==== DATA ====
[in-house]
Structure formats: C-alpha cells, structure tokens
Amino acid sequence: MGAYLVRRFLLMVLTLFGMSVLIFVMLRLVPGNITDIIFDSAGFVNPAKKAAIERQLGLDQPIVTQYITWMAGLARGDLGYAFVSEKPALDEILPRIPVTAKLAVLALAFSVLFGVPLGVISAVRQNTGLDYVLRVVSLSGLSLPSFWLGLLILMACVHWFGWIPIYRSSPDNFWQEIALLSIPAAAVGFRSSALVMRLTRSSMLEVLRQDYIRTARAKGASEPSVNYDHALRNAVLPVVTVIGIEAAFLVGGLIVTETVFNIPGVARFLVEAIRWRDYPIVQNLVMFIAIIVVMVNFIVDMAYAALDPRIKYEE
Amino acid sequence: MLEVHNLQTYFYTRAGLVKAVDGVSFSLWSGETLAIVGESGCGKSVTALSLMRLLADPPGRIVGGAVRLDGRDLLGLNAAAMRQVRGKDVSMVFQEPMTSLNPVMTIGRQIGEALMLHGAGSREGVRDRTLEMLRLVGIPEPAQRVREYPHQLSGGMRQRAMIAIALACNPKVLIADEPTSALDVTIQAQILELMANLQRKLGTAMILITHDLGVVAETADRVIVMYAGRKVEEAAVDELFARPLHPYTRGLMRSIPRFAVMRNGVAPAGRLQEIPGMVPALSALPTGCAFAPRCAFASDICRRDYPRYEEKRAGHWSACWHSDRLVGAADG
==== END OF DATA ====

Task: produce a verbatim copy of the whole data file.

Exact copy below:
[in-house]
Structure formats: C-alpha cells, structure tokens
Amino acid sequence: MGAYLVRRFLLMVLTLFGMSVLIFVMLRLVPGNITDIIFDSAGFVNPAKKAAIERQLGLDQPIVTQYITWMAGLARGDLGYAFVSEKPALDEILPRIPVTAKLAVLALAFSVLFGVPLGVISAVRQNTGLDYVLRVVSLSGLSLPSFWLGLLILMACVHWFGWIPIYRSSPDNFWQEIALLSIPAAAVGFRSSALVMRLTRSSMLEVLRQDYIRTARAKGASEPSVNYDHALRNAVLPVVTVIGIEAAFLVGGLIVTETVFNIPGVARFLVEAIRWRDYPIVQNLVMFIAIIVVMVNFIVDMAYAALDPRIKYEE
Amino acid sequence: MLEVHNLQTYFYTRAGLVKAVDGVSFSLWSGETLAIVGESGCGKSVTALSLMRLLADPPGRIVGGAVRLDGRDLLGLNAAAMRQVRGKDVSMVFQEPMTSLNPVMTIGRQIGEALMLHGAGSREGVRDRTLEMLRLVGIPEPAQRVREYPHQLSGGMRQRAMIAIALACNPKVLIADEPTSALDVTIQAQILELMANLQRKLGTAMILITHDLGVVAETADRVIVMYAGRKVEEAAVDELFARPLHPYTRGLMRSIPRFAVMRNGVAPAGRLQEIPGMVPALSALPTGCAFAPRCAFASDICRRDYPRYEEKRAGHWSACWHSDRLVGAADG